Pubdate: Sun, 15 Aug 1999
Source: Tampa Tribune (FL)
Copyright: 1999, The Tribune Co.
Author: Rachel La Corte, The Associated Press


MIAMI - After a failed five-year bid for freedom, the accused murderer and
drug runner is back in the United States.

Vivian Blake says he's a writer, a businessman and an investor.

Federal authorities say he helped lead the Shower Posse, a brutal,
Jamaican-dominated gang notorious for trafficking tons of cocaine and
marijuana in the 1980s. Authorities say the gang was responsible for some
1,400 murders in several states, including Florida, California and New York.

"They were a trafficking group to be reckoned with," said David Jacobson,
spokesman for the U.S. Drug Enforcement Agency's Detroit field division.
"They were capable of moving kilo levels of cocaine."

A federal grand jury indicted Blake in 1988 on dozens of counts, including
murder, racketeering, and the smuggling and distribution of drugs and
firearms. He eluded authorities when he boarded a cruise ship in Miami and
sailed to Jamaica, where he remained free until 1994.

Blake, on the FBI's Most Wanted list for more than a decade, was extradited
to South Florida last month after he lost a five-year campaign seeking his

He has pleaded innocent and now resides at the Federal Detention Center in
Miami. A trial date has not been set.

Blake's attorney, David Rowe, said his client is a victim of the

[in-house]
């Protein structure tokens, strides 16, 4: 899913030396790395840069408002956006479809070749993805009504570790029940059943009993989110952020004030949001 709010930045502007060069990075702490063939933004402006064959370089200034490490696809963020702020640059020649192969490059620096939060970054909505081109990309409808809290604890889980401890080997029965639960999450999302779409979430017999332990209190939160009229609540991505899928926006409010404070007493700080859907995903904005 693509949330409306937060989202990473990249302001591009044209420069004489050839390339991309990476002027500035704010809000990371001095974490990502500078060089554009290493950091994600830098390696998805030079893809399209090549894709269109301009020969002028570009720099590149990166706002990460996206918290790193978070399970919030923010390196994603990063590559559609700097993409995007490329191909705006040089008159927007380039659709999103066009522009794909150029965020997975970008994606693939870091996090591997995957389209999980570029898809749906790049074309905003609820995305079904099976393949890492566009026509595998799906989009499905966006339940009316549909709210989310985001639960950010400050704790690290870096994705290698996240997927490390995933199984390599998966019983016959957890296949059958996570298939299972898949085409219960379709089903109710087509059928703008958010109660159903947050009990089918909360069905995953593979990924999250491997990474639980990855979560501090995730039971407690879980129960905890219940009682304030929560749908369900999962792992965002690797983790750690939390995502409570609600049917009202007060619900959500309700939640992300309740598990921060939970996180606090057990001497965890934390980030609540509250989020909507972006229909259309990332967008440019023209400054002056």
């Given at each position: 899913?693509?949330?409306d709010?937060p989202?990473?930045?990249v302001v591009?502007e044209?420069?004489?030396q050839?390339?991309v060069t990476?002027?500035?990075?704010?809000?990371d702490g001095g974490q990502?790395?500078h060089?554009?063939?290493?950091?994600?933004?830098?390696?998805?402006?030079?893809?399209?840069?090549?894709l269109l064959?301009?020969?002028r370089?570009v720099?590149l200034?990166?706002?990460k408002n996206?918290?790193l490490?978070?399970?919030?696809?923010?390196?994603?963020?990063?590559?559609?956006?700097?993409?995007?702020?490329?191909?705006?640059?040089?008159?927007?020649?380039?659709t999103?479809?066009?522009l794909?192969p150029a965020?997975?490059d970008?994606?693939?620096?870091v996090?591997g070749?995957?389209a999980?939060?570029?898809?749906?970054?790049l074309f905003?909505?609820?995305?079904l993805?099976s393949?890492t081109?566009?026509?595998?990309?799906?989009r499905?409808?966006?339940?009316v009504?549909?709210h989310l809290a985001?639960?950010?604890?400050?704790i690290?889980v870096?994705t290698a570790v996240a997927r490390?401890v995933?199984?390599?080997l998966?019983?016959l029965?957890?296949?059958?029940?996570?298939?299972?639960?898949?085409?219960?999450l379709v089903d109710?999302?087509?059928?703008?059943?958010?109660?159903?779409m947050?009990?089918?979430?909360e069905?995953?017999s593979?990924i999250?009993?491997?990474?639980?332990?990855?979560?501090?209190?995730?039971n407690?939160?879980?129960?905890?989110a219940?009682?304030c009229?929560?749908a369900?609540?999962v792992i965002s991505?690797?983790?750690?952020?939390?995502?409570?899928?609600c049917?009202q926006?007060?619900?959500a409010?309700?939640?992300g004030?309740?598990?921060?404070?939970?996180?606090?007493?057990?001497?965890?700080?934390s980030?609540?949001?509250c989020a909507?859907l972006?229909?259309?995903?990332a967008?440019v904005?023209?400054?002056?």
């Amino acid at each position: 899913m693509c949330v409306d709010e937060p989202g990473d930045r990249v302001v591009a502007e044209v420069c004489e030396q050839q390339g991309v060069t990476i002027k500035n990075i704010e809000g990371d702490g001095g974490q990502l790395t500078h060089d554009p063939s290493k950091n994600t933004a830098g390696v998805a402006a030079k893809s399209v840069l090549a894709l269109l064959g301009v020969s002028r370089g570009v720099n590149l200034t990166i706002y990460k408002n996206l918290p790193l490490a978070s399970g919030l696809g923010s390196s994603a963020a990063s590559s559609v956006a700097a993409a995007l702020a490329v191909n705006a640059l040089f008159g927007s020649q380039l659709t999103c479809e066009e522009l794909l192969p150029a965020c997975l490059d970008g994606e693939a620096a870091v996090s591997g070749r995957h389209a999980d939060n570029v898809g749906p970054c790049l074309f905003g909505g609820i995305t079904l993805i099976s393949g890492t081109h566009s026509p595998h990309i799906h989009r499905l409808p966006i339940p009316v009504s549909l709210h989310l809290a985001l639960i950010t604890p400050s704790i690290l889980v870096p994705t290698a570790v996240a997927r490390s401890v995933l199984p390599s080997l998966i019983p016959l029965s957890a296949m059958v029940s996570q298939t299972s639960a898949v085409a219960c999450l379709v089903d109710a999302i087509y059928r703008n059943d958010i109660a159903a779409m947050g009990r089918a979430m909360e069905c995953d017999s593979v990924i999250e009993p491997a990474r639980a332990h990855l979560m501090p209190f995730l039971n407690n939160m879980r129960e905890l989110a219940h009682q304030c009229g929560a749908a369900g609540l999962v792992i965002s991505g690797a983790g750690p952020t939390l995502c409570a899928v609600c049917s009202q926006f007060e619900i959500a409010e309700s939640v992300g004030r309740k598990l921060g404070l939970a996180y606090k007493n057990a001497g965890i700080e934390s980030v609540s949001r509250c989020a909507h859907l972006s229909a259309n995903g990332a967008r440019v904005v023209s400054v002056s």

generalization of Jamaicans as criminals and is a scapegoat.

"The government is going to Have a lot of problems naming 1,400 people [who
were victims of the Shower Posse]," Rowe said after Blake's arraignment last
month. "They're going to have further problems tying Blake to these people."

In court documents, Rowe said that Blake has never been convicted of a
criminal offense and that he was in the jewelry business in New York in the
1980s, specializing in making gold bangle bracelets. Rowe also said that
Blake has written more than 15 plays.

Blake is the son of a Jamaican merchant tailor and a Jewish Jamaican
housewife. Blake's father moved to England shortly before Vivian Blake was
born. A Roman Catholic, Blake graduated from a Jesuit high school in 1972
with high grades, Rowe said.

"He has very strong support from poor people in Jamaica," Rowe said. "He is
someone who has consistently sent money from the United States to help
Jamaican poor people."

During his fight against extradition, Blake, 44, bought a half-page ad in a
Sunday newspaper in June asking fellow Jamaicans to oppose his extradition.

In an interview with GQ magazine for its August edition, Blake - at that
time held in a Jamaican prison awaiting extradition - said gang member Cecil
Connor, told him that he had fatally shot five people, including a pregnant
woman, in Miami in 1984 and two other gang members witnessed the slayings.

Blake, who is charged in connection with the murders, told the magazine that
he was sleeping when the other members left to commit the crime.

U.S. prosecutors have revealed few details of their case. Most of the
details that are available come from the 56- page indictment handed down
against Blake and 34 other members of the Shower Posse.

Several co-defendants have already served their prison terms and have been
deported to Jamaica. Others are serving prison terms. If convicted, Blake
could face 398 years in prison and $15.5 million in fines.

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